Digital Tracking: Establishing Boundaries

The technological advancements over the last few decades, such as the widespread accessibility of high-speed Internet, have contributed to the steady digitization of work. Other factors include faster and more reliable electronic communication and extensive computerization. In the light of these developments, the need for monitoring and tracking in the virtual sphere has arisen. It has become more significant with the onset of the COVID-19 pandemic and the dramatic shift to remote working that was brought on by it. In May 2020, searches for “employee monitoring” hit a spike, according to Google Trends. Employee monitoring applications like Prodoscore and Hubstaff saw a surge in popularity among companies.

digital tracking

Many firms and organizations have adopted the practice of employee tracking and monitoring. Surveillance is now being recognized as an essential tool in administration and management. A survey in 2018 by Gartner that included 239 corporations reported that more than fifty per cent were tracking their workers. Despite several concerns about privacy violations, some degree of surveillance has been accepted as necessary for the safety of employees in the virtual sphere. It is done to ensure punctuality and productivity among workers and to maintain decorum and discipline. Workers are vulnerable to negligence and dereliction of duty if left without supervision. The knowledge that they are under surveillance provides the incentive to workers to be more diligent. It also offers Human Resource personnel crucial information about the general productivity patterns and trends prevalent among the employees, equipping them to ensure better workforce management. This intelligence empowers managers to allocate work among personnel in service better, set realistic and achievable targets, and map out the best pathways to achieve them. Another significant benefit of employee tracking is that it provides a deterrence to corporate espionage and intellectual theft. In today’s competitive business environment, companies need to ensure their assets are safeguarded.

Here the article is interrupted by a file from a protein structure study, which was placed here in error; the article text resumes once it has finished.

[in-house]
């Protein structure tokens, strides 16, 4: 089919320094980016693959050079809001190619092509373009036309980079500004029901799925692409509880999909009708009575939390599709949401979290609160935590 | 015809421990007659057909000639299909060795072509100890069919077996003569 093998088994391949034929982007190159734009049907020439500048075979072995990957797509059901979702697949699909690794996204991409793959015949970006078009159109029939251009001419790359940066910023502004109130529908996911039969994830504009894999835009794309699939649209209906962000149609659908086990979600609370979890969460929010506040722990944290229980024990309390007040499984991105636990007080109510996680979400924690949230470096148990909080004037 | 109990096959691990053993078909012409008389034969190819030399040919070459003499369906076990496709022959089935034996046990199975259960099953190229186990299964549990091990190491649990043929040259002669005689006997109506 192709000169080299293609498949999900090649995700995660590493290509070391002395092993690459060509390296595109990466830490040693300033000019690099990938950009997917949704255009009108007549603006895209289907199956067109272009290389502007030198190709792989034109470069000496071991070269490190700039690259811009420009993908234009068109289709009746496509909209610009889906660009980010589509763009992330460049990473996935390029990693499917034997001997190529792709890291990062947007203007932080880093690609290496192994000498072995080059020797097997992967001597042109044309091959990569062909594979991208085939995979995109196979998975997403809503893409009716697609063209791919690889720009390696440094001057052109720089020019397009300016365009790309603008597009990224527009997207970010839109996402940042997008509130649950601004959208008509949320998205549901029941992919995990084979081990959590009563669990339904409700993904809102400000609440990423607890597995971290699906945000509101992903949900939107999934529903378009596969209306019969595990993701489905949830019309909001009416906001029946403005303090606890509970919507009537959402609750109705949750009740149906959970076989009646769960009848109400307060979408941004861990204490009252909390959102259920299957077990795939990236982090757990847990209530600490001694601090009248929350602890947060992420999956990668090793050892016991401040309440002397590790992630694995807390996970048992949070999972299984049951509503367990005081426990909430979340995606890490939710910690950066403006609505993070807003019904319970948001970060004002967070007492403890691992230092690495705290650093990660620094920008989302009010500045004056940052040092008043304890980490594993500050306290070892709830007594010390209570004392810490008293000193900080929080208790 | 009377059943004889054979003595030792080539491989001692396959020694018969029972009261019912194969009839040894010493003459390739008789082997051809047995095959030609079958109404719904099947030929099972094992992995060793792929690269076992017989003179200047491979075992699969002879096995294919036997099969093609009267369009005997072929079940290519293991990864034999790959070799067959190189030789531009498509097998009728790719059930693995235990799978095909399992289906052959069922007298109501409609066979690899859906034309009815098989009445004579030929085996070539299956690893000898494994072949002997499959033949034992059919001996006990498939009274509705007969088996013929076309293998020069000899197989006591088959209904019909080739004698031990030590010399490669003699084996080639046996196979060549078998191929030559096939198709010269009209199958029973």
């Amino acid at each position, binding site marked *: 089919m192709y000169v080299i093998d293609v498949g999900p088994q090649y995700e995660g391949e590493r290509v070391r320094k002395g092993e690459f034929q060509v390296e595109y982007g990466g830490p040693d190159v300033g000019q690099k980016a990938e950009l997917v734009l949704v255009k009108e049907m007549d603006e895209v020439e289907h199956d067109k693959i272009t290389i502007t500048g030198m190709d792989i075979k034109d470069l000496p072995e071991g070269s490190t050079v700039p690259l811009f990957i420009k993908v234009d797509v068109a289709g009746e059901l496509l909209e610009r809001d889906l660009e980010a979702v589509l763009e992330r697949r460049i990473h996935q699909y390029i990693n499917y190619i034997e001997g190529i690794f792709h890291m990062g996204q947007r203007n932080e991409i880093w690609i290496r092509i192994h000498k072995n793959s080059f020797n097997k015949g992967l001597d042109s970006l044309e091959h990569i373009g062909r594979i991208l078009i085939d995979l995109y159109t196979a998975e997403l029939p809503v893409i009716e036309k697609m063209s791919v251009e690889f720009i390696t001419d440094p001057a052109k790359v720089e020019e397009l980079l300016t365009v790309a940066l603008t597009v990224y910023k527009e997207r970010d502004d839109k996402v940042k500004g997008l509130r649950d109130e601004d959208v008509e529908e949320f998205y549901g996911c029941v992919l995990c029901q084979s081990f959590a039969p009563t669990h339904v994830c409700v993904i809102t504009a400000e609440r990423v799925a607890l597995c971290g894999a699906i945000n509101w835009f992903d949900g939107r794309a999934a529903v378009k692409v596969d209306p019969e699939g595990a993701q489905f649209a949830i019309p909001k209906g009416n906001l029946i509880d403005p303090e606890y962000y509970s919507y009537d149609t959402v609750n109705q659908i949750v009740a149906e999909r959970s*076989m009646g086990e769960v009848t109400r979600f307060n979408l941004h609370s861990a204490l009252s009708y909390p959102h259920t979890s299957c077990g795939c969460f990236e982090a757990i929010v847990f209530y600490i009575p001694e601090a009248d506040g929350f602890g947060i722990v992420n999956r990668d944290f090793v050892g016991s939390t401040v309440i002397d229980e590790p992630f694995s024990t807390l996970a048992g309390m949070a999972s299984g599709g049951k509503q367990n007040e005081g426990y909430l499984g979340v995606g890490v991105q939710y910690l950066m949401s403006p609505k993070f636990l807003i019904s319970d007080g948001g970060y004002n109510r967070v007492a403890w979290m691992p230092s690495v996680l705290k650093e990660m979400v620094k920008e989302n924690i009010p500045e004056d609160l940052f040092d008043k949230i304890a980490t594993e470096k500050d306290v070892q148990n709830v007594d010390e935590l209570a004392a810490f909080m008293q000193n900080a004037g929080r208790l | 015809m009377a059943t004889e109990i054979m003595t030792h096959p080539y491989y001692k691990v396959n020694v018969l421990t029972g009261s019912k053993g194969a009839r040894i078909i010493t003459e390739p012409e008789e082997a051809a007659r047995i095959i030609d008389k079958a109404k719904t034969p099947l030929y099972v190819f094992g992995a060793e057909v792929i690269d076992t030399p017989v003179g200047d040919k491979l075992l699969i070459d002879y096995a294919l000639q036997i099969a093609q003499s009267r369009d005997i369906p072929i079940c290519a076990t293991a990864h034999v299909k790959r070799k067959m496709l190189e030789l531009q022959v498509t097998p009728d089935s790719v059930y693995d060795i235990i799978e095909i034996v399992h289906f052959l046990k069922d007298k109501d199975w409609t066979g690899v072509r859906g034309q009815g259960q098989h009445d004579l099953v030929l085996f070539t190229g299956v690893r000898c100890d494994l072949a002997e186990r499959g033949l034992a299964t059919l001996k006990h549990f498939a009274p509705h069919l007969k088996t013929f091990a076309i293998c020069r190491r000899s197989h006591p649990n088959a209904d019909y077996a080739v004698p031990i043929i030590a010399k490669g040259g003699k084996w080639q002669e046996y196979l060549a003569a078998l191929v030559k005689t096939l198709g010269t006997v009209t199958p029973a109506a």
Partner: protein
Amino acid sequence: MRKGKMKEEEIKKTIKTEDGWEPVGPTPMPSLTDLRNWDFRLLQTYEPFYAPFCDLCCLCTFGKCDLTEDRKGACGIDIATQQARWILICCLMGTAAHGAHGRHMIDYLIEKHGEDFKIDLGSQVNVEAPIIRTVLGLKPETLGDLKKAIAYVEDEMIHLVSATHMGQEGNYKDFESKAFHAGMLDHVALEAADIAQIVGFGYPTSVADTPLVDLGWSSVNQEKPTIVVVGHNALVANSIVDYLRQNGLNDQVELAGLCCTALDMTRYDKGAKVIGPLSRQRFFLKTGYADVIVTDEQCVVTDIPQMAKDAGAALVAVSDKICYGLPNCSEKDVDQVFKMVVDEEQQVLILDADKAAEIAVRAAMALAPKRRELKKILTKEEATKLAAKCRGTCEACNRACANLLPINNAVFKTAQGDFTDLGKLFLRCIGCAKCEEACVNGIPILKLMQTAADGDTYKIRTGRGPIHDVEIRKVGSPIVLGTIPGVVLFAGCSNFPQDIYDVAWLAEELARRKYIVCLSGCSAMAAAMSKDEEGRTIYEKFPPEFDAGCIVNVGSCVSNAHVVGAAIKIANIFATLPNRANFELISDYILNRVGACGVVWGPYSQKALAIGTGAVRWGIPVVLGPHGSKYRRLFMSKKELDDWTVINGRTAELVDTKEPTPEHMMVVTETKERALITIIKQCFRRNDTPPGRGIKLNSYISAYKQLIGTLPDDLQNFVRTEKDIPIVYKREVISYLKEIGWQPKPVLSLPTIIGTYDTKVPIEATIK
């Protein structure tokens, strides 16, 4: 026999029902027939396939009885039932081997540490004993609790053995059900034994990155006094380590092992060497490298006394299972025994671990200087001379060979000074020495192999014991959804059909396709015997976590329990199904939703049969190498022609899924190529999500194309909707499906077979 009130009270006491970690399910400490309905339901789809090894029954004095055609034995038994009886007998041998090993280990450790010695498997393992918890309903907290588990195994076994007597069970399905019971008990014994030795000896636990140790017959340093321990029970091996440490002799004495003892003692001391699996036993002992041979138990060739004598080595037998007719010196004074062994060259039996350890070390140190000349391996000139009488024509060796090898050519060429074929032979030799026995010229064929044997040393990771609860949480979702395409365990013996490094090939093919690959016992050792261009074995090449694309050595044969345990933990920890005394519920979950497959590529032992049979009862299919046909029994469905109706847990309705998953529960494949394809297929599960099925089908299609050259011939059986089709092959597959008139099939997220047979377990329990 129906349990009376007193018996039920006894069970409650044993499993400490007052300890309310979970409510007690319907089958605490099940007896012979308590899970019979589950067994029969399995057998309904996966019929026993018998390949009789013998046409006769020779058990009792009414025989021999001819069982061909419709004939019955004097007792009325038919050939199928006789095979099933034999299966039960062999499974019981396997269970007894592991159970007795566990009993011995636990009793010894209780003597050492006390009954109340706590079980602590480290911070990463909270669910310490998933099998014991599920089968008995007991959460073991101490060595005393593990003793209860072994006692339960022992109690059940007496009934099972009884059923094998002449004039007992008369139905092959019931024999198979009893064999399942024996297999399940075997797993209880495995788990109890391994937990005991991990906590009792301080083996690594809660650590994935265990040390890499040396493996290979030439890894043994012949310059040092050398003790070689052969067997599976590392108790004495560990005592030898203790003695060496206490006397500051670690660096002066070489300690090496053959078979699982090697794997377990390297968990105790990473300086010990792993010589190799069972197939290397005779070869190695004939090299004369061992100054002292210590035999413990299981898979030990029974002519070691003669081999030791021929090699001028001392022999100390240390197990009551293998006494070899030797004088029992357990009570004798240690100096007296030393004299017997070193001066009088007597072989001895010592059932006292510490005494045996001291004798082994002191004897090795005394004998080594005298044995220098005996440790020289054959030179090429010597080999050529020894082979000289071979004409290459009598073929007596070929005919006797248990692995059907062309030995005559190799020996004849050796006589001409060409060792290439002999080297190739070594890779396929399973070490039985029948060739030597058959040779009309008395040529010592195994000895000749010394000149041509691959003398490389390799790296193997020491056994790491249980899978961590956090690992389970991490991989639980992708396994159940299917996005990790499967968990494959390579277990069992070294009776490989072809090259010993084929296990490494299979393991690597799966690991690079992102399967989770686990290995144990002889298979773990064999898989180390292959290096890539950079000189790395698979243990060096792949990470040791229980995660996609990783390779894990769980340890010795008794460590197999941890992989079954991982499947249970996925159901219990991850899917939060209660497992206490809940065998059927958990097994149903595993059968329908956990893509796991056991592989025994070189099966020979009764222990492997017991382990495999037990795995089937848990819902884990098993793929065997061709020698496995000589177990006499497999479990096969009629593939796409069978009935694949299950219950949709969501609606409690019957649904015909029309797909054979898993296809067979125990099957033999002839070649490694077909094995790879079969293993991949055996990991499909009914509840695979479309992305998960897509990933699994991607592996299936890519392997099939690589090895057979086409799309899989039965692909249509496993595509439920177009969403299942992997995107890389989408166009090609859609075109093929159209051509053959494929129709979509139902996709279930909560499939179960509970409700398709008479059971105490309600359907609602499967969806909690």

employee monitoring and privacy violation

Managing and monitoring a virtual workspace is quite a task. Companies often track employee email and official communication between staff. Live video feeds, screen recording, and keystroke logging are also popular ways in which organizations can track the activity of their workers. Some companies use software applications that allow them to track their employees’ websites and the applications they use. Hubstaff allows its subscriber companies to capture random screenshots of their employees’ digital workspace. Teramind provides a similar service that will enable companies to track all keyboard activity. Prodoscore tracks worker activity and quantifies their productivity against a scale for employers. The CEO of Prodoscore, Sam Naficy, said the app is “helping companies maximize the profit potential of their teams.”

Companies undoubtedly benefit from such monitoring and surveillance of their employees. However, it does raise the question about how far this is ethical. Unscrupulous digital tracking is known to heighten worker stress and curb the individual’s autonomy by the constant threat of interference.